Tavis Smiley and Charlie Rose are lazy; fiction and football, blogs and Bruce Springsteen
On July 25, Charlie
Rose interviewed actors Will Ferrell and John
C. Reilly. The same night, Ferrell and Reilly also appeared on Jimmy Kimmel Live.
On August 4, Tavis Smiley
interviewed actor Benjamin Bratt. But Bratt
had already appeared on Kimmel, three nights earlier.
This lazy approach to booking guests disgraces the “public” television label.
So do the commercials for Toyota, Wal-Mart, and Nationwide preceding
On Smiley’s site, you’ll find this unctuous sales pitch:
Sponsor messages have
greater impact in the low-clutter environment found only on public television
and radio. Also, prohibition against “hard sell” spots, and trustworthiness of
public broadcasting combine to make underwriting messages extremely credible
and memorable. PBS’ dignified approach to on-air sponsor support is appreciated
and respected by its loyal viewers.
Not this loyal viewer. It gets worse:
Tavis Smiley builds
brand identification and strengthens your corporate image. Sponsors benefit
from the “halo effect” of being associated with PBS and NPR and its mission to
make a meaningful contribution to our community. Nearly 85% of consumers
believe such higher-purpose, cause-related marketing creates a positive image
for sponsors. And almost two-thirds of PBS viewers and NPR listeners are more
likely to purchase the product or service of a PBS or NPR underwriter.
It makes you want to puke, does it not?
I couldn’t find any comparable rhetoric on Rose’s site. But
I noticed that Rose’s program is sponsored by Coca-Cola and Pfizer. And
surprise, surprise: Henry McKinnell,
the erstwhile CEO of Pfizer, once appeared
as a guest to promote his book.
And in May, Rose devoted airtime to Chuck
Fruit – former Chief Marketing Officer of Coca-Cola.
My short story, “A Loss to the Stuffed Animal Kingdom,” is
getting published in Keyhole. Read the
and buy as many
copies as you can. And rest assured: a promotional email from ilanmochari.com
It was a solid month for football writing too. My NFC South
capsule is posted
on KFFL.com; in addition, Fantasy
Football Guide 2008 has dubbed me an expert – my hearty appreciation
to Editor Peter Kreutzer, a.k.a. Rotoman.
I also visited New England Patriots training camp in Foxborough, Mass.,
and filed my report for INsite Boston. Many thanks
to Tara Bertrand and Jeff Cournoyer of Patriots media relations. I’d also like
to thank Damon Hack of Sports Illustrated;
Albert Breer of The Sporting News; Shalise
Manza Young of the Providence Journal;
and Christopher Gasper of the Boston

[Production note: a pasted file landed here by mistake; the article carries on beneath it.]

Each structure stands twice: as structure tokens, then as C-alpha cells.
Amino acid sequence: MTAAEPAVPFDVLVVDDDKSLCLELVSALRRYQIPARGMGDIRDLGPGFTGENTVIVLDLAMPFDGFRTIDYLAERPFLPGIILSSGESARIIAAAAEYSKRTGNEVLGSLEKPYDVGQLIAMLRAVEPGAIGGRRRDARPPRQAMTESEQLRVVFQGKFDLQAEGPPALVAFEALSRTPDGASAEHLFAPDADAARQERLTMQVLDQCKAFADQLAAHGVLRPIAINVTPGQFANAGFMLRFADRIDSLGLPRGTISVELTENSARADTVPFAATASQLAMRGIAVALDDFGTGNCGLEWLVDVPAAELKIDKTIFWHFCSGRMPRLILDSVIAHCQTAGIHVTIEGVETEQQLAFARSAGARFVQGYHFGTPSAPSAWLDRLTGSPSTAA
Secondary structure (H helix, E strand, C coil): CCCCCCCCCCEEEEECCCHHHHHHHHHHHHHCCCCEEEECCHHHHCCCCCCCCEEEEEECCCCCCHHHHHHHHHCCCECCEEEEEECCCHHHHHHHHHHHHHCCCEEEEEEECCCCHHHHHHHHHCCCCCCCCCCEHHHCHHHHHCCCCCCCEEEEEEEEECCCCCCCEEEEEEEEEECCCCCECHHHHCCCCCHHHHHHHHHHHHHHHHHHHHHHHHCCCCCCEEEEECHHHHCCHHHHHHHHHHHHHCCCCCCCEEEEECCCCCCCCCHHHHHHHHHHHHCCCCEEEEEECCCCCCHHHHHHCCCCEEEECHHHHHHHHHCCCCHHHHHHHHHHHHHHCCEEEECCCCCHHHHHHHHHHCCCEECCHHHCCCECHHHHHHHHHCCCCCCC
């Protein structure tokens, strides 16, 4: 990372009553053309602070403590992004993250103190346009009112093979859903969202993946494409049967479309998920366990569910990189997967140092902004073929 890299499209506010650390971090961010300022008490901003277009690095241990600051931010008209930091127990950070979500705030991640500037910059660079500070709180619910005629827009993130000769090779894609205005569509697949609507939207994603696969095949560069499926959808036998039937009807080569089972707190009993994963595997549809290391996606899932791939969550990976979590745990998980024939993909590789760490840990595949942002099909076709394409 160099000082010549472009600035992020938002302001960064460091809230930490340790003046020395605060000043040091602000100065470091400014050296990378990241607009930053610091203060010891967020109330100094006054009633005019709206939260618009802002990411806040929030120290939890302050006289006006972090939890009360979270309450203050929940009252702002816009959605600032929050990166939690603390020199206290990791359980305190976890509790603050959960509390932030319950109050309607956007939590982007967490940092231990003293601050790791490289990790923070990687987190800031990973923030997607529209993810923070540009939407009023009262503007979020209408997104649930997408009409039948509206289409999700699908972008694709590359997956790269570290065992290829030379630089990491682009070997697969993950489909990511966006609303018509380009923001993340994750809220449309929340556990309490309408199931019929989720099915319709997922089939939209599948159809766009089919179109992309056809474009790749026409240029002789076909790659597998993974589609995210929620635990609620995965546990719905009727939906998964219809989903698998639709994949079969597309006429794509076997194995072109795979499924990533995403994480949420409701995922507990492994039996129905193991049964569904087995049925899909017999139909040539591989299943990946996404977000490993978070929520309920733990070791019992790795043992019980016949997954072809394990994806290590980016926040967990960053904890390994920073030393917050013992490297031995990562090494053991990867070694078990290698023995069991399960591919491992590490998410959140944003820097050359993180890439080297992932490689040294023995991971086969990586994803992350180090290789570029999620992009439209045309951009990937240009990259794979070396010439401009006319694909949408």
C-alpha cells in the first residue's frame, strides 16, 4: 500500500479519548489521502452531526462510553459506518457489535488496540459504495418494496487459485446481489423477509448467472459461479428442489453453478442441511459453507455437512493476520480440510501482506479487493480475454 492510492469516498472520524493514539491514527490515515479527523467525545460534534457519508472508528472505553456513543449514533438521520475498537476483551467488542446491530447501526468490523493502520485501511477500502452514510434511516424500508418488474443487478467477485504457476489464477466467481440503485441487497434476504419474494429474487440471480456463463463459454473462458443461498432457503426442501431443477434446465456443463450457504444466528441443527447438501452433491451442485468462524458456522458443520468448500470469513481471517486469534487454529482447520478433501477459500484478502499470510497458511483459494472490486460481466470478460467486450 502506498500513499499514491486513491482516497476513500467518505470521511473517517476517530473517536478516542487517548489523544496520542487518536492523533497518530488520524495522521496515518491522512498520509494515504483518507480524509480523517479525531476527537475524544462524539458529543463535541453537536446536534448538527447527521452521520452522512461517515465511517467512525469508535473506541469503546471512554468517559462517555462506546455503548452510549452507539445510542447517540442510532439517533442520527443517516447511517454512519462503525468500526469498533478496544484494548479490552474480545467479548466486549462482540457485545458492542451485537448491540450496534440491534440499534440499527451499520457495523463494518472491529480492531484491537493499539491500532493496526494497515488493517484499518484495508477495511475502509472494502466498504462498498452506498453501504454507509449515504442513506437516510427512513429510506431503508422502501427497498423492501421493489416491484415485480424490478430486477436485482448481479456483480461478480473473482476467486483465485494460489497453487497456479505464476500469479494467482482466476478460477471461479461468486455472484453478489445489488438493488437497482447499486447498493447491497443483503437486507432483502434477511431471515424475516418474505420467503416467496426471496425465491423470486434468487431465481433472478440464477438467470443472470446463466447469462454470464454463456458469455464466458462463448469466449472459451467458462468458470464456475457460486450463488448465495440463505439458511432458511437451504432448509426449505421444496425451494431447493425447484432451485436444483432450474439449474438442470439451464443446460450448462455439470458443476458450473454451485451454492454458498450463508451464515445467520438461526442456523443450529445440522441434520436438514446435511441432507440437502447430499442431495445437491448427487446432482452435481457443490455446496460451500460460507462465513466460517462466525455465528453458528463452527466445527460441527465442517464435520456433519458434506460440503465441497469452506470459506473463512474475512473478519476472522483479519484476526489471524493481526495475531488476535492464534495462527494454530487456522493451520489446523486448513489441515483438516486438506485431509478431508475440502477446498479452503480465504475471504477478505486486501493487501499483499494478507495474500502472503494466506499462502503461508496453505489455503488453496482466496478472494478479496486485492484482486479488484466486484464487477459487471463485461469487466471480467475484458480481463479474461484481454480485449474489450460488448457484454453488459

Globe. You made me feel like one of the cool kids in the cafeteria, even
though I’m a Johnny-come-lately.
I returned to Foxborough four days later for the Bruce
Springsteen concert. My companions were Jenn Bates and the two best
in New England, Robert and Tracey Peskin. There
was thunder. There was lightning. We got drenched. But by 9:00 the rain was gone
and Springsteen rocked a set list of
gems, including the rarity “Little Latin Lupe Lu.” He also hit us with the
meteorologically appropriate “Mary’s Place” and “Who’ll Stop the Rain” (and
props to Rob for predicting the latter).
There was one problem. When the show ended, Jenn and I were
stranded. The MBTA did not provide trains to
and from Foxborough. To reach the stadium, we had trained to nearby Walpole, from whence we
taxied. But the last train from Walpole
had left at 10:55 p.m.; so we were stuck. (I may as well mention here that MBTA
Grabauskas often laments his unsolvable fiscal
woes, but on this night he bypassed an obvious revenue stream.)
Luckily, Jenn’s exquisite voice-projection – most recently displayed
in Noel Coward’s Blithe Spirit at the
– saved the night. As we were leaving the stadium, she shouted, “Is anyone driving
to Boston or Cambridge?” She did it loudly, yet innocently,
and a lovely couple – thank you Eleanor and Gary, wherever you may be – saved our
Only a few weeks ago, Springsteen played in Barcelona. And none other than George R. R. Martin attended. He blogged about it too – if
briefly – and it touched me: One of my artistic role models blogging about
Speaking of blogs and role models, I must mention Today'sFrase, by my friend and mentor, Jill Fraser. Jill's August 3 post was a revelation of Google's power. At 5:15 p.m., she blogged about mystery writer Denise Mina.
At 10:19 p.m., someone she'd never met posted: "Hello there, I found
your blog via a Google alert I have set up for Denise Mina." Inspired
by Jill's success, I was tempted to start a blog separate from this
one, whose sole purpose would be bitching about the MBTA. With
pleasure, I found that not one but two already existed.
Ilan Mochari is a novelist and journalist living in the Boston area. His fiction has appeared in Keyhole and been honored by Glimmer Train. He is a former staff writer for Inc magazine, and he has also written for Fortune Small Business and CFO magazine. He has a B.A. in English from Yale University.